A report by the Guardian on Friday revealed connections between Yana Peel, the chief executive of the Serpentine Galleries in London, and the Israeli tech firm NSO Group, which she co-owns.
Amnesty International has been among the most notable human rights groups to raise concerns about NSO Group’s services. In a report issued by the organization in August of last year, Amnesty International alleged that NSO Group was relying on a spyware technology called Pegasus to target dissidents in Saudi Arabia and the surrounding region. In May of this year, NSO Group said that it would investigate “credible allegations of misuse.”
The report came as a surprise to some in the United Kingdom, where Peel is known for advocating for activist-oriented art by such figures as Ai Weiwei. She has previously also said that the Serpentine should act as a “safe space for unsafe ideas.”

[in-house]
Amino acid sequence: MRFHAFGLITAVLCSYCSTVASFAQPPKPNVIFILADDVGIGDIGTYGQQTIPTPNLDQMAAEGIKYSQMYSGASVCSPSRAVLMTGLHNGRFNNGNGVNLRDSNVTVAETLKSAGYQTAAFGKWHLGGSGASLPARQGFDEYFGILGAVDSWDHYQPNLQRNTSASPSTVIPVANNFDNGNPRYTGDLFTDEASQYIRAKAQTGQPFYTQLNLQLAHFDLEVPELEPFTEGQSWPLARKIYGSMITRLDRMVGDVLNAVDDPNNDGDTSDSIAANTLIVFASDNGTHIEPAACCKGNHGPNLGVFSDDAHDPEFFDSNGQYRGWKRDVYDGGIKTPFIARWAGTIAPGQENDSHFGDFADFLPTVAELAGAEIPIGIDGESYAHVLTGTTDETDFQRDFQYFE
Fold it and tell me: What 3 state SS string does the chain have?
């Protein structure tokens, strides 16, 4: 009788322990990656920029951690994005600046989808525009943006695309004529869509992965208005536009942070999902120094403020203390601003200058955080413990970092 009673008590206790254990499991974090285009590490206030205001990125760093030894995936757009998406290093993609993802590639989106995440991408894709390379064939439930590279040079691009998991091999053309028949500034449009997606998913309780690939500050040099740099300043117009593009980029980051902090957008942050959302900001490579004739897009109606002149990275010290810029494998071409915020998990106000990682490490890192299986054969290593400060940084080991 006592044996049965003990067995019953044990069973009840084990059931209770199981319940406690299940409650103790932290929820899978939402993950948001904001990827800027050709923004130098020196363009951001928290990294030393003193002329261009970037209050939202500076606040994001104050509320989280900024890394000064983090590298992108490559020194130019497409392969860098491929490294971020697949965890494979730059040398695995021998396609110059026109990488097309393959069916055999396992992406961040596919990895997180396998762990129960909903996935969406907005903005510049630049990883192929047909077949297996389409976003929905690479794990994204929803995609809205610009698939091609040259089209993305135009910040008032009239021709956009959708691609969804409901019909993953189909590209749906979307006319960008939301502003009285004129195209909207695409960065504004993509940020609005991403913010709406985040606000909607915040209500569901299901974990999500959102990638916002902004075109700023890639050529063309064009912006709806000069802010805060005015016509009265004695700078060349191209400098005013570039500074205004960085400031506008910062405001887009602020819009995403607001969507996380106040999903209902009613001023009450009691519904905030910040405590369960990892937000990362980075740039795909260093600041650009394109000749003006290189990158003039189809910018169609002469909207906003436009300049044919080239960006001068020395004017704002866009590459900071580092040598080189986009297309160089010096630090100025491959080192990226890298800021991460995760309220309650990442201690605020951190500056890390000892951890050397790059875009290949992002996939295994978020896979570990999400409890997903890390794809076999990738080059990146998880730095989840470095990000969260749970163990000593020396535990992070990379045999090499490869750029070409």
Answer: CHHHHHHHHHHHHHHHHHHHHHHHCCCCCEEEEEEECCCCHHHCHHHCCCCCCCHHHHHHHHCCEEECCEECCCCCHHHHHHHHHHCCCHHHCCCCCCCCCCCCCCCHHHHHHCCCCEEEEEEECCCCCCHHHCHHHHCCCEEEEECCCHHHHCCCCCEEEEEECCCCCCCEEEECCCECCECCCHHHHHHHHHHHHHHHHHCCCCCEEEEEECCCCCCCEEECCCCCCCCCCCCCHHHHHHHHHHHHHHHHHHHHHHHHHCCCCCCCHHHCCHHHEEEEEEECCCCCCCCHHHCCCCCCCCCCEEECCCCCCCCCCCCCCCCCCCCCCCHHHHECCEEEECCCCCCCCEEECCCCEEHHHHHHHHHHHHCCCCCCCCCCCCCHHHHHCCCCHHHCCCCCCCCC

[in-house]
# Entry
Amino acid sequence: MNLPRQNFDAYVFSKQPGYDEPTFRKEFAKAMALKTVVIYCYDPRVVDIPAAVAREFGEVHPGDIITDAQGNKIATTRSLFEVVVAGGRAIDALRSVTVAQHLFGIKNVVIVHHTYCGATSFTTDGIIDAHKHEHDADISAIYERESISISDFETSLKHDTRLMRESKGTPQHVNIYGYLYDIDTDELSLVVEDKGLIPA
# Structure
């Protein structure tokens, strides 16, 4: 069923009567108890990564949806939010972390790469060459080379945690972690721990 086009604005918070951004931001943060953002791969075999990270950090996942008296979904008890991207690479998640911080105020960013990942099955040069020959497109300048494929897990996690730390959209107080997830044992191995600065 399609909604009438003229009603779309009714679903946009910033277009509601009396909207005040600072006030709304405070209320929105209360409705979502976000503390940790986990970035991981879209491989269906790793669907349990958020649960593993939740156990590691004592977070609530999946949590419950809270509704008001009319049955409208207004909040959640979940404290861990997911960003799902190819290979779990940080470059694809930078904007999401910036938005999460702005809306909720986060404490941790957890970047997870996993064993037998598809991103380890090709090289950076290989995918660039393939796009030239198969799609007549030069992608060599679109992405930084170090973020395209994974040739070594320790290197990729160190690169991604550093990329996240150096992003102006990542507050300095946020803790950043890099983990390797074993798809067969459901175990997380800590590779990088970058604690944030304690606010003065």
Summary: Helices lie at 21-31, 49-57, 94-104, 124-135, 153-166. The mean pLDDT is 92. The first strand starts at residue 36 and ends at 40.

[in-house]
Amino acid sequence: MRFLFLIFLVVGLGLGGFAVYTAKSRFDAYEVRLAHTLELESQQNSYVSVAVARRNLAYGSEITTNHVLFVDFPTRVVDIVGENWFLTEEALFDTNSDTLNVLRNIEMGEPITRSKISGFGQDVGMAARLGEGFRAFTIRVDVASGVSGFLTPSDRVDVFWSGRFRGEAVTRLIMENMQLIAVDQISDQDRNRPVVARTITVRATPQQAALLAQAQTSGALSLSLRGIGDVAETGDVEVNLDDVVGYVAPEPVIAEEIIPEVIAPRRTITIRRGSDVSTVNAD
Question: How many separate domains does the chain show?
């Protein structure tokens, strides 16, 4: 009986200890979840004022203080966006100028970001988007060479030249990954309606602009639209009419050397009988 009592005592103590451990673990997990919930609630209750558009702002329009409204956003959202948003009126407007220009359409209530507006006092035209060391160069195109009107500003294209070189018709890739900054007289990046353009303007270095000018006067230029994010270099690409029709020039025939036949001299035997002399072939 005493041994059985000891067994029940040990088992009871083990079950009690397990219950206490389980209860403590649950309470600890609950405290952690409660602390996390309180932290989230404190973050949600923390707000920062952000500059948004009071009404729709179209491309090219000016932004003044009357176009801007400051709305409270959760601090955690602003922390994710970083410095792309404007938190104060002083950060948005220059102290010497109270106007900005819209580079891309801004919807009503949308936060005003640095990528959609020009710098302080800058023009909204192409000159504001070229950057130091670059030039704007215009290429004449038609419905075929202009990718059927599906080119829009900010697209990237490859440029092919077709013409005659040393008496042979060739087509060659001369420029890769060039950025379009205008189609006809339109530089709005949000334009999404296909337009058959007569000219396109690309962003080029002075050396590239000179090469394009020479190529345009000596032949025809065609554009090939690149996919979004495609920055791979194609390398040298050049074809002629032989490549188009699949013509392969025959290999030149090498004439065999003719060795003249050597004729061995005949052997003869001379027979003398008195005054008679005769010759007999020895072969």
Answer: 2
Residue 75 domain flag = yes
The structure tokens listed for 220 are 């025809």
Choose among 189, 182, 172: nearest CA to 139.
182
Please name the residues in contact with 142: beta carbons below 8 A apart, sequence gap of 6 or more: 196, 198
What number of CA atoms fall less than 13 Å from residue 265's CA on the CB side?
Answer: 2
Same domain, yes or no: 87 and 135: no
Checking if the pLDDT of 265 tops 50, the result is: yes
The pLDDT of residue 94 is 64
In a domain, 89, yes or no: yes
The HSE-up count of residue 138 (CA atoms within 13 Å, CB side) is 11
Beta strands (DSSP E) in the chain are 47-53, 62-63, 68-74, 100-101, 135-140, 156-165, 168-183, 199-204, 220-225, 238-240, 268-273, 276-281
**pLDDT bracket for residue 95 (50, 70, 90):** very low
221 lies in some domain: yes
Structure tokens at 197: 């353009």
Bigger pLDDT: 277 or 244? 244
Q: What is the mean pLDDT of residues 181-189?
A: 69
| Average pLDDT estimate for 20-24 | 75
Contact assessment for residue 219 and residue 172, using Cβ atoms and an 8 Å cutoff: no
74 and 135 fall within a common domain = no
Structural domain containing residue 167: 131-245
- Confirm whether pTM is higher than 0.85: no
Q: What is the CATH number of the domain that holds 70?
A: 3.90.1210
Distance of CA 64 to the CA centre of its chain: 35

Reached by ARTnews, a Serpentine representative said that the museum could not comment and that the article was “under legal challenge.”
In the recent months, connections between the Serpentine and the Sackler family, which has also come under fire for its business dealings, have been addressed by artists. Earlier this year, at a press conference for her exhibition at the Serpentine Sackler Gallery (one of two art spaces run by the Serpentine Galleries), Hito Steyerl called on the museum to address its ties to the Sacklers, whose pharmaceutical comapny Purdue Pharma has been widely accused of inciting the opioid crisis through the production of the drug OxyContin. In response, the Serpentine said it had “no future plans to accept funding from the Sacklers.”